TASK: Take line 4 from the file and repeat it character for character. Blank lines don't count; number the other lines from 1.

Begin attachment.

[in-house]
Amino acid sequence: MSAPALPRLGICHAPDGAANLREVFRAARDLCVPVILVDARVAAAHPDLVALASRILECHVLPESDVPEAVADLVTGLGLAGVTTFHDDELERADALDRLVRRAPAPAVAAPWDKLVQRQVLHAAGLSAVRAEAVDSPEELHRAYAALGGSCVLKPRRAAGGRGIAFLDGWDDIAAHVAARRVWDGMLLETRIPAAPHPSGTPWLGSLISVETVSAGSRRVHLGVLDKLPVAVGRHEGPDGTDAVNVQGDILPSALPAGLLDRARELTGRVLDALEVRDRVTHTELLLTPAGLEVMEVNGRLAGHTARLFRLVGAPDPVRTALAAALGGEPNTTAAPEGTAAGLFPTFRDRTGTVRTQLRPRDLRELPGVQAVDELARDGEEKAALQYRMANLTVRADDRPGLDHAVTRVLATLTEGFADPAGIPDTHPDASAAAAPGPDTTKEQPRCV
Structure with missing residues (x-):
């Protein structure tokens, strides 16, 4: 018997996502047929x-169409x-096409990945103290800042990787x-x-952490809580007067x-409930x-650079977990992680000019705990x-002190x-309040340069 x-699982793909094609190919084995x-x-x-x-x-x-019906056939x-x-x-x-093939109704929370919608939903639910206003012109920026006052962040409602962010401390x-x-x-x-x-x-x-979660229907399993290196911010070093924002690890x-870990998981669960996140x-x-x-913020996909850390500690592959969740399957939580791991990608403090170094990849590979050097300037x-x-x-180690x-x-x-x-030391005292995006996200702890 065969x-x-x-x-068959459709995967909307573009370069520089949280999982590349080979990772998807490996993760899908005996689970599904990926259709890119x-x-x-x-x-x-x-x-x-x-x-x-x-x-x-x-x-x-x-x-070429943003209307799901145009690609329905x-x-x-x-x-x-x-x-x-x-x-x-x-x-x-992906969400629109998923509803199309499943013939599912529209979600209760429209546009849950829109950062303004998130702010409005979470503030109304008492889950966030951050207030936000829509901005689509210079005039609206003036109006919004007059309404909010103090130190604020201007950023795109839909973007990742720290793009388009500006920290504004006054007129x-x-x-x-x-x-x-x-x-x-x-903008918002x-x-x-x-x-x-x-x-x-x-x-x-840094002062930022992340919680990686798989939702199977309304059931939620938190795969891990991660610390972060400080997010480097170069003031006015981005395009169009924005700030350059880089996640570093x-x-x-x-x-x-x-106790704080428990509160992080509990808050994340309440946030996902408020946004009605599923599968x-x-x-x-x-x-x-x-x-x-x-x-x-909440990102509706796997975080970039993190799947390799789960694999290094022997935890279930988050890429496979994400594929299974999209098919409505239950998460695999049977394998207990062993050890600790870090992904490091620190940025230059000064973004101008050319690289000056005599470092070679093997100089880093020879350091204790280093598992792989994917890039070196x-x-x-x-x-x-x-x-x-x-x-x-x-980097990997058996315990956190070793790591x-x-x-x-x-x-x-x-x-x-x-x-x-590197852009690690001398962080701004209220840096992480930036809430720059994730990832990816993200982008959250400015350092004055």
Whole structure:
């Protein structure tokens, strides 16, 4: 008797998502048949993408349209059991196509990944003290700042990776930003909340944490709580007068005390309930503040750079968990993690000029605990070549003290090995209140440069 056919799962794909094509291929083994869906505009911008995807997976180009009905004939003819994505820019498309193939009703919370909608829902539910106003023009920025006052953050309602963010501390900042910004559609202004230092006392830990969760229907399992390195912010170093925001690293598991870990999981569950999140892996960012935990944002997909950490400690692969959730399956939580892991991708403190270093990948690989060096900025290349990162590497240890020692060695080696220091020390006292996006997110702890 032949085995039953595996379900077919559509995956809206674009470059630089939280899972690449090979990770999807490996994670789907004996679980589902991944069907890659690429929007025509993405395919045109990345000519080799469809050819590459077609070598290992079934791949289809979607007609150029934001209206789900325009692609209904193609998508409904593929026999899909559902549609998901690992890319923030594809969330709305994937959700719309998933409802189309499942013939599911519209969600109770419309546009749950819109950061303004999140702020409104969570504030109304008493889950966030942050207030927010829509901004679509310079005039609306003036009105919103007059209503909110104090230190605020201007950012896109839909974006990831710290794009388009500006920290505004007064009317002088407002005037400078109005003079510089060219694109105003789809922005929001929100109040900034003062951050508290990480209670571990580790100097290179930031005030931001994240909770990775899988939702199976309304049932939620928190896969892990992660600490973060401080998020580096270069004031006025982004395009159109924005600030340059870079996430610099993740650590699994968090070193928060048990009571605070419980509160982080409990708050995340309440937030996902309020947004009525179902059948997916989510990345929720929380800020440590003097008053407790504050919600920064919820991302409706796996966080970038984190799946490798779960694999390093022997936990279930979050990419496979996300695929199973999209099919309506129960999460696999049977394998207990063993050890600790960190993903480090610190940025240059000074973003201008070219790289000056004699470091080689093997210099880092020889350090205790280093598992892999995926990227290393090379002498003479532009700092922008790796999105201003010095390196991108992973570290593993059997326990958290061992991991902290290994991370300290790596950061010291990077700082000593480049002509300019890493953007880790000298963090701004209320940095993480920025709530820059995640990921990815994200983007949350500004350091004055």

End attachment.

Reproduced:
């Protein structure tokens, strides 16, 4: 018997996502047929x-169409x-096409990945103290800042990787x-x-952490809580007067x-409930x-650079977990992680000019705990x-002190x-309040340069 x-699982793909094609190919084995x-x-x-x-x-x-019906056939x-x-x-x-093939109704929370919608939903639910206003012109920026006052962040409602962010401390x-x-x-x-x-x-x-979660229907399993290196911010070093924002690890x-870990998981669960996140x-x-x-913020996909850390500690592959969740399957939580791991990608403090170094990849590979050097300037x-x-x-180690x-x-x-x-030391005292995006996200702890 065969x-x-x-x-068959459709995967909307573009370069520089949280999982590349080979990772998807490996993760899908005996689970599904990926259709890119x-x-x-x-x-x-x-x-x-x-x-x-x-x-x-x-x-x-x-x-070429943003209307799901145009690609329905x-x-x-x-x-x-x-x-x-x-x-x-x-x-x-992906969400629109998923509803199309499943013939599912529209979600209760429209546009849950829109950062303004998130702010409005979470503030109304008492889950966030951050207030936000829509901005689509210079005039609206003036109006919004007059309404909010103090130190604020201007950023795109839909973007990742720290793009388009500006920290504004006054007129x-x-x-x-x-x-x-x-x-x-x-903008918002x-x-x-x-x-x-x-x-x-x-x-x-840094002062930022992340919680990686798989939702199977309304059931939620938190795969891990991660610390972060400080997010480097170069003031006015981005395009169009924005700030350059880089996640570093x-x-x-x-x-x-x-106790704080428990509160992080509990808050994340309440946030996902408020946004009605599923599968x-x-x-x-x-x-x-x-x-x-x-x-x-909440990102509706796997975080970039993190799947390799789960694999290094022997935890279930988050890429496979994400594929299974999209098919409505239950998460695999049977394998207990062993050890600790870090992904490091620190940025230059000064973004101008050319690289000056005599470092070679093997100089880093020879350091204790280093598992792989994917890039070196x-x-x-x-x-x-x-x-x-x-x-x-x-980097990997058996315990956190070793790591x-x-x-x-x-x-x-x-x-x-x-x-x-590197852009690690001398962080701004209220840096992480930036809430720059994730990832990816993200982008959250400015350092004055």